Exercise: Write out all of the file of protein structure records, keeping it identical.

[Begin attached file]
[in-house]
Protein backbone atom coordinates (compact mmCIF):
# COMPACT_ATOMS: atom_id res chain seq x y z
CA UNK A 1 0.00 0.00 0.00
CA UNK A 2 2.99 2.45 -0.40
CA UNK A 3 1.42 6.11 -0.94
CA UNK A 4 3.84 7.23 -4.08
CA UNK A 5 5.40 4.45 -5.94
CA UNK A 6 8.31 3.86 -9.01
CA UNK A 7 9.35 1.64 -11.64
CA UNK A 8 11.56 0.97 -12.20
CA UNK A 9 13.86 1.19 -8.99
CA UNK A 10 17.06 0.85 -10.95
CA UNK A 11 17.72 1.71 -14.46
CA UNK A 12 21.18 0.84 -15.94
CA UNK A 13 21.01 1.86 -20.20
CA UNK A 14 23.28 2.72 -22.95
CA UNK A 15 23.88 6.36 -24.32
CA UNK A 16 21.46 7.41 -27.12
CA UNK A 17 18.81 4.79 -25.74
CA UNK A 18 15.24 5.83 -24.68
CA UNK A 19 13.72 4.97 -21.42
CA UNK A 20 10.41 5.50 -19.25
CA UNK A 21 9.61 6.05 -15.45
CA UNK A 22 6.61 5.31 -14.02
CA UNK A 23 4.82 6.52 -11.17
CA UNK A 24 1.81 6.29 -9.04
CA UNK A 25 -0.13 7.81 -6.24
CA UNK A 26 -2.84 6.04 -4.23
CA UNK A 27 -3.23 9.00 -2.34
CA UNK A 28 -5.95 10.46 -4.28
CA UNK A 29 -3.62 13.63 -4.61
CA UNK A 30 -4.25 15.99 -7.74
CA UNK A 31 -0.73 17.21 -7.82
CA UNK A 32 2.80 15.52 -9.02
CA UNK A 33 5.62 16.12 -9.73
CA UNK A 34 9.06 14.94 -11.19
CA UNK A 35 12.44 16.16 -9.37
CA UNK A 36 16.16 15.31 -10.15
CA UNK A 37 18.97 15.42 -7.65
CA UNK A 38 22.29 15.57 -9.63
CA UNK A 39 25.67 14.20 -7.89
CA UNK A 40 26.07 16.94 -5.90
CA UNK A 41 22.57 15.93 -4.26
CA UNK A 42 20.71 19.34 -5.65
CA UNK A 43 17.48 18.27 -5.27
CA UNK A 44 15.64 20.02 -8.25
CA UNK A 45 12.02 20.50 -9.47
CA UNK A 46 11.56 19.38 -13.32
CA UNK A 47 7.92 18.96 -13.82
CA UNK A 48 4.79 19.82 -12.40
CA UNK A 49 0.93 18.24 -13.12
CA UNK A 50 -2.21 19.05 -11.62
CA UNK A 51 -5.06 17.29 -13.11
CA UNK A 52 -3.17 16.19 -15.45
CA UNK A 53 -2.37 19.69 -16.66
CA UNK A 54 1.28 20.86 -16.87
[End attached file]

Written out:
[in-house]
Protein backbone atom coordinates (compact mmCIF):
# COMPACT_ATOMS: atom_id res chain seq x y z
CA UNK A 1 0.00 0.00 0.00
CA UNK A 2 2.99 2.45 -0.40
CA UNK A 3 1.42 6.11 -0.94
CA UNK A 4 3.84 7.23 -4.08
CA UNK A 5 5.40 4.45 -5.94
CA UNK A 6 8.31 3.86 -9.01
CA UNK A 7 9.35 1.64 -11.64
CA UNK A 8 11.56 0.97 -12.20
CA UNK A 9 13.86 1.19 -8.99
CA UNK A 10 17.06 0.85 -10.95
CA UNK A 11 17.72 1.71 -14.46
CA UNK A 12 21.18 0.84 -15.94
CA UNK A 13 21.01 1.86 -20.20
CA UNK A 14 23.28 2.72 -22.95
CA UNK A 15 23.88 6.36 -24.32
CA UNK A 16 21.46 7.41 -27.12
CA UNK A 17 18.81 4.79 -25.74
CA UNK A 18 15.24 5.83 -24.68
CA UNK A 19 13.72 4.97 -21.42
CA UNK A 20 10.41 5.50 -19.25
CA UNK A 21 9.61 6.05 -15.45
CA UNK A 22 6.61 5.31 -14.02
CA UNK A 23 4.82 6.52 -11.17
CA UNK A 24 1.81 6.29 -9.04
CA UNK A 25 -0.13 7.81 -6.24
CA UNK A 26 -2.84 6.04 -4.23
CA UNK A 27 -3.23 9.00 -2.34
CA UNK A 28 -5.95 10.46 -4.28
CA UNK A 29 -3.62 13.63 -4.61
CA UNK A 30 -4.25 15.99 -7.74
CA UNK A 31 -0.73 17.21 -7.82
CA UNK A 32 2.80 15.52 -9.02
CA UNK A 33 5.62 16.12 -9.73
CA UNK A 34 9.06 14.94 -11.19
CA UNK A 35 12.44 16.16 -9.37
CA UNK A 36 16.16 15.31 -10.15
CA UNK A 37 18.97 15.42 -7.65
CA UNK A 38 22.29 15.57 -9.63
CA UNK A 39 25.67 14.20 -7.89
CA UNK A 40 26.07 16.94 -5.90
CA UNK A 41 22.57 15.93 -4.26
CA UNK A 42 20.71 19.34 -5.65
CA UNK A 43 17.48 18.27 -5.27
CA UNK A 44 15.64 20.02 -8.25
CA UNK A 45 12.02 20.50 -9.47
CA UNK A 46 11.56 19.38 -13.32
CA UNK A 47 7.92 18.96 -13.82
CA UNK A 48 4.79 19.82 -12.40
CA UNK A 49 0.93 18.24 -13.12
CA UNK A 50 -2.21 19.05 -11.62
CA UNK A 51 -5.06 17.29 -13.11
CA UNK A 52 -3.17 16.19 -15.45
CA UNK A 53 -2.37 19.69 -16.66
CA UNK A 54 1.28 20.86 -16.87